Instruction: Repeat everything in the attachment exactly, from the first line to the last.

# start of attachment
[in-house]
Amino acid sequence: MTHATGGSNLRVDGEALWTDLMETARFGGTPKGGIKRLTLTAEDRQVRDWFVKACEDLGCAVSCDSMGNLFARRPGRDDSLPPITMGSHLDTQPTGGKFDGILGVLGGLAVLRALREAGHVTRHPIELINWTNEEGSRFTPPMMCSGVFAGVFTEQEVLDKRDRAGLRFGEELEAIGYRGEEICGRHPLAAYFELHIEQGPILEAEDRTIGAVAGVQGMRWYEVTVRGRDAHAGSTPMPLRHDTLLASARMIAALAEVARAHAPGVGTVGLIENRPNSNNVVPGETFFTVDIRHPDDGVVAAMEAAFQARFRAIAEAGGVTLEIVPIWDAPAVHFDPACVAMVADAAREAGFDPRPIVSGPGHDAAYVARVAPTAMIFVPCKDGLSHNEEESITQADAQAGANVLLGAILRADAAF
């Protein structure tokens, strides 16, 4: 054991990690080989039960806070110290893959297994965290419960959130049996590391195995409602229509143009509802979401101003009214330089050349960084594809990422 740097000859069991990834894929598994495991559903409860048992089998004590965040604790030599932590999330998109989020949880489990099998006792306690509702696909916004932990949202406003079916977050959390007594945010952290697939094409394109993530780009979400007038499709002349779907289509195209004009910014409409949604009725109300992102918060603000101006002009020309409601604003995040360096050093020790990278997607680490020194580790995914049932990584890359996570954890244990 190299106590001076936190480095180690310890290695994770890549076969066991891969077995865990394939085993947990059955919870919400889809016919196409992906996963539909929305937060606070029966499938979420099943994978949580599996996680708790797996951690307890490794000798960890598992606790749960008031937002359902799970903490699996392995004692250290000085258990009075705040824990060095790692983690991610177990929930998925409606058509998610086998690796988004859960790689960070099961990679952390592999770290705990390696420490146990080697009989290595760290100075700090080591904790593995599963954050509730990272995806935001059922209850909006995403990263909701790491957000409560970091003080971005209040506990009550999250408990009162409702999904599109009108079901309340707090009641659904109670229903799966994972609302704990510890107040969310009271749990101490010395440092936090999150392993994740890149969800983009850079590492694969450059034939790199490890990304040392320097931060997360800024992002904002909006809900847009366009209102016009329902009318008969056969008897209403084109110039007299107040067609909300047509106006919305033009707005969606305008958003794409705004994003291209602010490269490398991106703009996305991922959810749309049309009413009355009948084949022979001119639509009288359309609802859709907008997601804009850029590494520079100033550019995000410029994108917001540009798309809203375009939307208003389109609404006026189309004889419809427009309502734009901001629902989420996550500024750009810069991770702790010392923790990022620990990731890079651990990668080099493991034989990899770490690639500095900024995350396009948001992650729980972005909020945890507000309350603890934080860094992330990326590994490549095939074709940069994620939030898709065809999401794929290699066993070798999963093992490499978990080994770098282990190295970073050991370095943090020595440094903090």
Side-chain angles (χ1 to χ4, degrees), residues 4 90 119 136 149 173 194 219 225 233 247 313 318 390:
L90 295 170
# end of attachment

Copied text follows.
[in-house]
Amino acid sequence: MTHATGGSNLRVDGEALWTDLMETARFGGTPKGGIKRLTLTAEDRQVRDWFVKACEDLGCAVSCDSMGNLFARRPGRDDSLPPITMGSHLDTQPTGGKFDGILGVLGGLAVLRALREAGHVTRHPIELINWTNEEGSRFTPPMMCSGVFAGVFTEQEVLDKRDRAGLRFGEELEAIGYRGEEICGRHPLAAYFELHIEQGPILEAEDRTIGAVAGVQGMRWYEVTVRGRDAHAGSTPMPLRHDTLLASARMIAALAEVARAHAPGVGTVGLIENRPNSNNVVPGETFFTVDIRHPDDGVVAAMEAAFQARFRAIAEAGGVTLEIVPIWDAPAVHFDPACVAMVADAAREAGFDPRPIVSGPGHDAAYVARVAPTAMIFVPCKDGLSHNEEESITQADAQAGANVLLGAILRADAAF
């Protein structure tokens, strides 16, 4: 054991990690080989039960806070110290893959297994965290419960959130049996590391195995409602229509143009509802979401101003009214330089050349960084594809990422 740097000859069991990834894929598994495991559903409860048992089998004590965040604790030599932590999330998109989020949880489990099998006792306690509702696909916004932990949202406003079916977050959390007594945010952290697939094409394109993530780009979400007038499709002349779907289509195209004009910014409409949604009725109300992102918060603000101006002009020309409601604003995040360096050093020790990278997607680490020194580790995914049932990584890359996570954890244990 190299106590001076936190480095180690310890290695994770890549076969066991891969077995865990394939085993947990059955919870919400889809016919196409992906996963539909929305937060606070029966499938979420099943994978949580599996996680708790797996951690307890490794000798960890598992606790749960008031937002359902799970903490699996392995004692250290000085258990009075705040824990060095790692983690991610177990929930998925409606058509998610086998690796988004859960790689960070099961990679952390592999770290705990390696420490146990080697009989290595760290100075700090080591904790593995599963954050509730990272995806935001059922209850909006995403990263909701790491957000409560970091003080971005209040506990009550999250408990009162409702999904599109009108079901309340707090009641659904109670229903799966994972609302704990510890107040969310009271749990101490010395440092936090999150392993994740890149969800983009850079590492694969450059034939790199490890990304040392320097931060997360800024992002904002909006809900847009366009209102016009329902009318008969056969008897209403084109110039007299107040067609909300047509106006919305033009707005969606305008958003794409705004994003291209602010490269490398991106703009996305991922959810749309049309009413009355009948084949022979001119639509009288359309609802859709907008997601804009850029590494520079100033550019995000410029994108917001540009798309809203375009939307208003389109609404006026189309004889419809427009309502734009901001629902989420996550500024750009810069991770702790010392923790990022620990990731890079651990990668080099493991034989990899770490690639500095900024995350396009948001992650729980972005909020945890507000309350603890934080860094992330990326590994490549095939074709940069994620939030898709065809999401794929290699066993070798999963093992490499978990080994770098282990190295970073050991370095943090020595440094903090």
Side-chain angles (χ1 to χ4, degrees), residues 4 90 119 136 149 173 194 219 225 233 247 313 318 390:
L90 295 170